Hi,
Actually right now i am a bit confused,
the documentation says that you can have nested procedures but when i compile the compiler says that i can not nest procedures ! whats this !?

Actually My main procedure is a thread procedure and i wanted to have local procs. Is this why the compiler wouldn't compile?

In cases such like the above, how would i declare a local procedure?
If i write the procedure in my main, and I call that procedure from my thread only, what would i be doing? I mean now, is this a local proc or global proc?

.code

ReceiveFileThread proc dwParam :DWORD
blah
blah
; My Main procedures code goes here

ret ;<<-- end of main

LocalProc proc
blah
blah

ret
localProc endp

ReceiveFileThread endp
Posted on 2002-02-15 07:10:45 by Ray
the only way ive been able to get a procedure to work inside another is to call/invoke it from inside the procedure while the other resides outside:

.code

ReceiveFileThread proc dwParam :DWORD
blah
blah
invoke LocalProc; My Main procedures code goes here

ret ;<<-- end of main
ReceiveFileThread endp

LocalProc proc
blah
blah

ret
localProc endp


since you want to nest your main procedure inside another im not sure how well that will turn out.
Posted on 2002-02-15 08:08:39 by smurf
Hiya Smurf,

actually thats what i am trying to do here,
but it doesnt allow me for some reason:
this is the error i get:

error A2144: cannot nest procedures

any ideas?
Posted on 2002-02-15 08:27:53 by Ray
Hi Ray

You can not declare a proc inside a proc like this:

MyProc1 proc

invoke MyProc2
ret

MyProc2 proc


ret

MyProc2 endp

MyProc1 endp

You can however hav a local sub inside a proc.

MyProc1 proc

call MySub
.
.
call MySub
ret

MySub:
.
.
retn <--- note: you must use retn if you have locals or args.

MyProc1 endp

KetilO
Posted on 2002-02-15 10:14:38 by KetilO
KetilO: is there any way to pass paramters to MySub?
Posted on 2002-02-15 10:38:50 by smurf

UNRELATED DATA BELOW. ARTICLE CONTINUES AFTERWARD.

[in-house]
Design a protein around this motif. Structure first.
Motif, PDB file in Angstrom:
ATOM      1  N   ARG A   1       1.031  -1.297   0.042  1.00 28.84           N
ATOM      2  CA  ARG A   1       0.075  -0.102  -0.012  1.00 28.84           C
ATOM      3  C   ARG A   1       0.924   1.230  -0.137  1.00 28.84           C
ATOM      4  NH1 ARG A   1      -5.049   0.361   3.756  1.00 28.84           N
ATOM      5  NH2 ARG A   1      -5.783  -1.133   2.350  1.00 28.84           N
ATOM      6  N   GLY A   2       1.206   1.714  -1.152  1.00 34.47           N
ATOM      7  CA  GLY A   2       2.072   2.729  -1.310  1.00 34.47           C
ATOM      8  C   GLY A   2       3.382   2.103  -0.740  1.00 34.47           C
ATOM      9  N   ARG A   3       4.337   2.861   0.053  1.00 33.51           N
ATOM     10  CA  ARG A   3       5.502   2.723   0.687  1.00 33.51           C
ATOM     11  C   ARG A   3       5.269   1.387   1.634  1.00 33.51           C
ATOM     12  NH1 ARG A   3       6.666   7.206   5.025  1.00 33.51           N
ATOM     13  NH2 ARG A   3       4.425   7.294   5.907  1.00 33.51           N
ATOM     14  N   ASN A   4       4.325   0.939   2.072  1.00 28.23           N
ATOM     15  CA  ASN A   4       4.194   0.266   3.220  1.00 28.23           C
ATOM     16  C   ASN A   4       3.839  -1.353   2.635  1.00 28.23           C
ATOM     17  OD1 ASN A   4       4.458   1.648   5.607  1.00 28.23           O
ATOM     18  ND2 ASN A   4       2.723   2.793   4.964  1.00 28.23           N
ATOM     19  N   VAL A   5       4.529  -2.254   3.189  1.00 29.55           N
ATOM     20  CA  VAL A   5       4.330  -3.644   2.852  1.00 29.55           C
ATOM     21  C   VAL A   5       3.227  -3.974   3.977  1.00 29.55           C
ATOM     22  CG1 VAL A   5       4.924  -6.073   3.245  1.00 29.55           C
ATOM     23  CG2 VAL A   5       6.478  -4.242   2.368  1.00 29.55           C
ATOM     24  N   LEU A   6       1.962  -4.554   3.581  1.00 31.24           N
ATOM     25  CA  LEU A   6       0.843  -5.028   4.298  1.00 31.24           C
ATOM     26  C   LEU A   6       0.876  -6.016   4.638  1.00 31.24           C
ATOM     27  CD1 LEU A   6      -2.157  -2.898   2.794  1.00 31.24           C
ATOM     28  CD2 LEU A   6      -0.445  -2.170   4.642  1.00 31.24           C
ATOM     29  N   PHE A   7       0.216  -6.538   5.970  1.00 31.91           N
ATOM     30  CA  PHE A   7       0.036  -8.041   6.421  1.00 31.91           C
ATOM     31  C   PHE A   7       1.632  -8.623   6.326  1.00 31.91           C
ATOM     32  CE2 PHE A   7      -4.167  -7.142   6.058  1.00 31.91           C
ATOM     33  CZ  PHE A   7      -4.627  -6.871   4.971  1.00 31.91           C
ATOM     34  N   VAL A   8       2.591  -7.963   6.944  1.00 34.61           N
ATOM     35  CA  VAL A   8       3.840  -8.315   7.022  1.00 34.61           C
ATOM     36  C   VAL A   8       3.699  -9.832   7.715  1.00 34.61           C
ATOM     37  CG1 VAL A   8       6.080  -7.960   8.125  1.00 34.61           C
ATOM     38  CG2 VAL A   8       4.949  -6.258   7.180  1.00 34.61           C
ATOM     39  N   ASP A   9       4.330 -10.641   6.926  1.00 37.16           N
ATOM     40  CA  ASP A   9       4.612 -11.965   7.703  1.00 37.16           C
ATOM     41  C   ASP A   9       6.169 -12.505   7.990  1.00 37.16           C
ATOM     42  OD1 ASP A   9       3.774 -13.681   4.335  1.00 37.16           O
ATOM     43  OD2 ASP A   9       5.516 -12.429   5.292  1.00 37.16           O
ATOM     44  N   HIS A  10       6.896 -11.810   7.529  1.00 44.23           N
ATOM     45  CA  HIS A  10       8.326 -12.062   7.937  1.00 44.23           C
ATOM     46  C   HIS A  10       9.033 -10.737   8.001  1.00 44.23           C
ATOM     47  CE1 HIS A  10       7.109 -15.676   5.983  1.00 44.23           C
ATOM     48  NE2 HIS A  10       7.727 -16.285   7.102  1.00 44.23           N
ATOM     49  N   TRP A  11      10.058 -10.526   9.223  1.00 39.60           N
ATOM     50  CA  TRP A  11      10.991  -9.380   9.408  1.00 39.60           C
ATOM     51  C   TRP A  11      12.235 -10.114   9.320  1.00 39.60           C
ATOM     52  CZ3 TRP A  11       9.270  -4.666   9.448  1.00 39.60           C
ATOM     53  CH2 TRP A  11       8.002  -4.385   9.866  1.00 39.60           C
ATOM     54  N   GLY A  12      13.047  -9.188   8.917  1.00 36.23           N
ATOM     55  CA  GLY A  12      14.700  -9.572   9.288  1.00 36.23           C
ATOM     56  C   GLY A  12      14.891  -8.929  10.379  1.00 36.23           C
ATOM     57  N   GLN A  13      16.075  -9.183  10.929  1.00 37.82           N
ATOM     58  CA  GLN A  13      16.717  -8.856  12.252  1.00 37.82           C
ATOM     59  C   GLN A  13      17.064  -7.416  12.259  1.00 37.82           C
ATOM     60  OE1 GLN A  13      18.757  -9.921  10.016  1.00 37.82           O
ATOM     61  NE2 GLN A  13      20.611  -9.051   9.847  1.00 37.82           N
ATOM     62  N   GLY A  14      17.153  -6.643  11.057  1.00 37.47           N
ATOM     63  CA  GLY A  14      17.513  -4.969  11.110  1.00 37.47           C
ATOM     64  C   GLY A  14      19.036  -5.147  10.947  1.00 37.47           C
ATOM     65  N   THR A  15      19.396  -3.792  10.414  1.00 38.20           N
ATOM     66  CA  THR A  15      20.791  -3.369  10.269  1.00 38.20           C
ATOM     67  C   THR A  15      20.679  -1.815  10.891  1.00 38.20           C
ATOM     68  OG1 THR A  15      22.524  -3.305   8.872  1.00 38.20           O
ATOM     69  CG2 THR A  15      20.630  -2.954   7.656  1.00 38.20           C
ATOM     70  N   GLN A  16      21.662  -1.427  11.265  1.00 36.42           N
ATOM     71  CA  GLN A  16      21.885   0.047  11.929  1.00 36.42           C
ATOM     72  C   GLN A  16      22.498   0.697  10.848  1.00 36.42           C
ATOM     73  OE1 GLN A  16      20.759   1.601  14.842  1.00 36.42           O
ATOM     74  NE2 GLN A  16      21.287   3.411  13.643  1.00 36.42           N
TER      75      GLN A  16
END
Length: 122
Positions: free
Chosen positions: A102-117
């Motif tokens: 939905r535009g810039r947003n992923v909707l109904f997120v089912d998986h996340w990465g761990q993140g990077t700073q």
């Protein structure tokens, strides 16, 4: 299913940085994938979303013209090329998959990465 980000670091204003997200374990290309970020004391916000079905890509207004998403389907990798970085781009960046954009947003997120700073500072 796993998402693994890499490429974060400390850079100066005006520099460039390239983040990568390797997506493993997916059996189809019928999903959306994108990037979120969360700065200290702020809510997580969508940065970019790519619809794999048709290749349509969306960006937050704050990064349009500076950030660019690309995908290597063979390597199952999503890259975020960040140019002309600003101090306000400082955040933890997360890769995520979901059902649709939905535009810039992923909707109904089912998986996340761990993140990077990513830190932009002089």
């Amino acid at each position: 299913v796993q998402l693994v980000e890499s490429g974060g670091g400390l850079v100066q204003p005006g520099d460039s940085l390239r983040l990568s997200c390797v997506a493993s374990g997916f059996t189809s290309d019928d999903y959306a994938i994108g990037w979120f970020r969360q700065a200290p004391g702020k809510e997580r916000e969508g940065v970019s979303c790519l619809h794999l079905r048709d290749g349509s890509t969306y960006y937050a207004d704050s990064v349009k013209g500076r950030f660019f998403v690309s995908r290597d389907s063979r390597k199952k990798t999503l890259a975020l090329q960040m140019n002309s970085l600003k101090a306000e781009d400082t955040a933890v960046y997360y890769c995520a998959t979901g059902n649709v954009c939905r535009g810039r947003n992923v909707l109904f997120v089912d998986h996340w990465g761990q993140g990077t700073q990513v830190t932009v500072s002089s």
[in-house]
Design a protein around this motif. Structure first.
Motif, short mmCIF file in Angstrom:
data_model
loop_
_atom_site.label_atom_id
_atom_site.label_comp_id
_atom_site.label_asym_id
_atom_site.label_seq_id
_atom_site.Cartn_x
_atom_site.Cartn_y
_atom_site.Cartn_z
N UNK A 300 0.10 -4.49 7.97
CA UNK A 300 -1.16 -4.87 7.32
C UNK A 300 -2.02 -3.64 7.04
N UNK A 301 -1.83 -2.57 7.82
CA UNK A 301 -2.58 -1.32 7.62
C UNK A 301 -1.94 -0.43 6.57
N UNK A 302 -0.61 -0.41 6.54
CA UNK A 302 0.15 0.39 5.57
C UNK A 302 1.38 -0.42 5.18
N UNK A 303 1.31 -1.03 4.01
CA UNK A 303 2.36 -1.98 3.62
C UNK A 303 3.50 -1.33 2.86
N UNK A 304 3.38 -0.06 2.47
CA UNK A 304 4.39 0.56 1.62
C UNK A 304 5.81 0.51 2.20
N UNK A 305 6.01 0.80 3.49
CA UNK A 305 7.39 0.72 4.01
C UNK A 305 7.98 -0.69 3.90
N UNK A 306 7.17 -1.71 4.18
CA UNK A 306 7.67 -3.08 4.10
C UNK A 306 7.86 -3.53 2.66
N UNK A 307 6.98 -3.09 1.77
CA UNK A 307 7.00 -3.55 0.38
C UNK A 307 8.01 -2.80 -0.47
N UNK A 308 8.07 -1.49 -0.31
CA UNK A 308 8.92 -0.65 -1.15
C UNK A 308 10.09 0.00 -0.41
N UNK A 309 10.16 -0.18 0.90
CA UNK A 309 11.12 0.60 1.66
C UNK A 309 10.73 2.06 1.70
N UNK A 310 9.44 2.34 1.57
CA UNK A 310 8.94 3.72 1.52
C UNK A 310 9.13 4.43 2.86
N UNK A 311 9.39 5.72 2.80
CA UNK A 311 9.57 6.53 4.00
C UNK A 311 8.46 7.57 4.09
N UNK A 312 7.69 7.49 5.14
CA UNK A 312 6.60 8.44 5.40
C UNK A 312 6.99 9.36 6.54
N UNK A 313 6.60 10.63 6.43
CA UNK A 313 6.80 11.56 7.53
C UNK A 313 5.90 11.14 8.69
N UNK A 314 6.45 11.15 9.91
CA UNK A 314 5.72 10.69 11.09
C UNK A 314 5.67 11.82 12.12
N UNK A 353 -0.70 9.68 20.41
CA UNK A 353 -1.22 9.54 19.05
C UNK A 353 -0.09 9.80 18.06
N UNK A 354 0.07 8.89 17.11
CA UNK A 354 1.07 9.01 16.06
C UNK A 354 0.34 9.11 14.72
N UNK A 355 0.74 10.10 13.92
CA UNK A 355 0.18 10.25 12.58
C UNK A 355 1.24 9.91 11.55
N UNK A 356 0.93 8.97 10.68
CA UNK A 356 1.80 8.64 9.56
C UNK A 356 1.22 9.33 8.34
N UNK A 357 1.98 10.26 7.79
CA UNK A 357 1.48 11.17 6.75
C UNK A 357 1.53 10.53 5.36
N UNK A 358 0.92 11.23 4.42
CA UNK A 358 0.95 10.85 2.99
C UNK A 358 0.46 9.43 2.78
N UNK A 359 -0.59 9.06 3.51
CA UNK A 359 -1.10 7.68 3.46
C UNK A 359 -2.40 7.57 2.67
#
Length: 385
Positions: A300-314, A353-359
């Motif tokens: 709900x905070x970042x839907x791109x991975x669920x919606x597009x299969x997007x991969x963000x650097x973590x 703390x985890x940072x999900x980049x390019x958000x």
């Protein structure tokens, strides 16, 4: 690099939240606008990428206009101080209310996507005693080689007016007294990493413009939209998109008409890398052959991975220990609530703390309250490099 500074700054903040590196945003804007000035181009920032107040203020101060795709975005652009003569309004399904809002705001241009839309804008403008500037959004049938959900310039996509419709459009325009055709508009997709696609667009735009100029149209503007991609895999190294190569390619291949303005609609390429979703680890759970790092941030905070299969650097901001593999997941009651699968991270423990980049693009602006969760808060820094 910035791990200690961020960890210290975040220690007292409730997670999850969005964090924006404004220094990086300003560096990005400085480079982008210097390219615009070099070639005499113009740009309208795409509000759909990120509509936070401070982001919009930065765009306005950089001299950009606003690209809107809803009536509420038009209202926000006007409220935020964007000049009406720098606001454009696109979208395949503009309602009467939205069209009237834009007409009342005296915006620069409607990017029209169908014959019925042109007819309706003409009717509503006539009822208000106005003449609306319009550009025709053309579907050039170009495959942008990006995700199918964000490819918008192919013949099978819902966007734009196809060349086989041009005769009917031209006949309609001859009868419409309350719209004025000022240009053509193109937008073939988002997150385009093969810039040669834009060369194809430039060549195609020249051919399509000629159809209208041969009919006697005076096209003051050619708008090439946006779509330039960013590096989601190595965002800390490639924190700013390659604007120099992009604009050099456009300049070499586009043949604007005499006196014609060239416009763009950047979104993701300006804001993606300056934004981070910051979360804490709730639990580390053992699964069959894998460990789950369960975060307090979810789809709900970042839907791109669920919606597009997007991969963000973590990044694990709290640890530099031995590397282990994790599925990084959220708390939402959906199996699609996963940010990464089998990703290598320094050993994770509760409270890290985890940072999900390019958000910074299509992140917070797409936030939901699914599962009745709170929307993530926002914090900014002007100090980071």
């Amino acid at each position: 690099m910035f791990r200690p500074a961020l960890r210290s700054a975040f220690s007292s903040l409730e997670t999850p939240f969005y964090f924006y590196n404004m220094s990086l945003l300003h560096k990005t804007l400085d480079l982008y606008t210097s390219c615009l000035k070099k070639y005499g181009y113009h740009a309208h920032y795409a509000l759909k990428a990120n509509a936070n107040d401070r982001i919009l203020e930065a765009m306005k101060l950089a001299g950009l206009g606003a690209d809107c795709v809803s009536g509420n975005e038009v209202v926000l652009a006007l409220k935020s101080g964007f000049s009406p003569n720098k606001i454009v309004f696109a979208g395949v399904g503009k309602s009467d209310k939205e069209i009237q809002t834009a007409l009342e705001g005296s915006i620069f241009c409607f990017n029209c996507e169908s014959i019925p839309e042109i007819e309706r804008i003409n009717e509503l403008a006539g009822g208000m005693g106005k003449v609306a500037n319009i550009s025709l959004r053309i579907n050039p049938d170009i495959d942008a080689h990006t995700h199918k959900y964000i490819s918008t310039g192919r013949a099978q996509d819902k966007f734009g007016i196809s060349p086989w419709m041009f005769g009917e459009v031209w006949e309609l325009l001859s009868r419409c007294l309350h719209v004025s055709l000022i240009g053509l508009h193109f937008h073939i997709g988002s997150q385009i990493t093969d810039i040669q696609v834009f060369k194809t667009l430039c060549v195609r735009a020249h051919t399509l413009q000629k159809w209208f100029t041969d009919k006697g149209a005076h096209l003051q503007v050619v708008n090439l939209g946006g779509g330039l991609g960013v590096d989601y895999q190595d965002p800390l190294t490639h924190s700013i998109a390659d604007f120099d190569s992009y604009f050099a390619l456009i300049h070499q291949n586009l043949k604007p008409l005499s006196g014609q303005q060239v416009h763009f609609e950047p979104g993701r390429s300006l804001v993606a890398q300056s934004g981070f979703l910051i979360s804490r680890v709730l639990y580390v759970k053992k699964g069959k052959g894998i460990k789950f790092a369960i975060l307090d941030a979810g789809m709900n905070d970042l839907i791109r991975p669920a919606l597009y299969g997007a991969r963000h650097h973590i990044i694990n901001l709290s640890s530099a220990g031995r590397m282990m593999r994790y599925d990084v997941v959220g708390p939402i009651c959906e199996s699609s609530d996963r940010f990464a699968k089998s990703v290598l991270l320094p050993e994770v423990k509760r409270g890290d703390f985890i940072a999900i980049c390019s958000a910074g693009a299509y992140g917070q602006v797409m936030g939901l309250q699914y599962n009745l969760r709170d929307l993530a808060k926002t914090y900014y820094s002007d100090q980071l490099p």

Hi,
the following was copied from "The Art of Asm"



11.2.2 Nested Procedures

MASM allows you to nest procedures. That is, one procedure definition may be totally enclosed inside another. The following is an example of such a pair of procedures:

OutsideProc proc near
jmp EndofOutside

InsideProc proc near
mov ax, 0
ret
InsideProc endp

EndofOutside: call InsideProc
mov bx, 0
ret
OutsideProc endp


and thats the question i was confused at the beginning..
now,
I must ask the same question as smurf :) how can i pass variables ?

thanks for your help
Posted on 2002-02-15 11:39:22 by Ray
Hi Smurf

The sub ha access to all the locals and registers, so you can pass as many parameters you wish, just not the usual way.

KetilO
Posted on 2002-02-15 11:40:56 by KetilO
Ray,
if your coding skills are up to speed (and i assume they are), there is absolutely no reason you should need to do what you are asking about.

The only place i have seen that kind of code used is in the ROMs of old pcs like the C64 and Apple II, but the difference was that the code was in non-relocatable memory, and the programmer would call/jmp to a literal memory address, not to a relocatable block of code that is identified with a label. That style of code was essential then, but not now.
Posted on 2002-02-15 16:55:27 by sluggy
I agree with Sluggy here, there is no direct advantage from coding this way. If you want a sub procedure, write it at the end of the existing one after the final RET by using a label, the code then a RET back to the calling position.


YourProc parameters etc ...

; assembler code

call sub_proc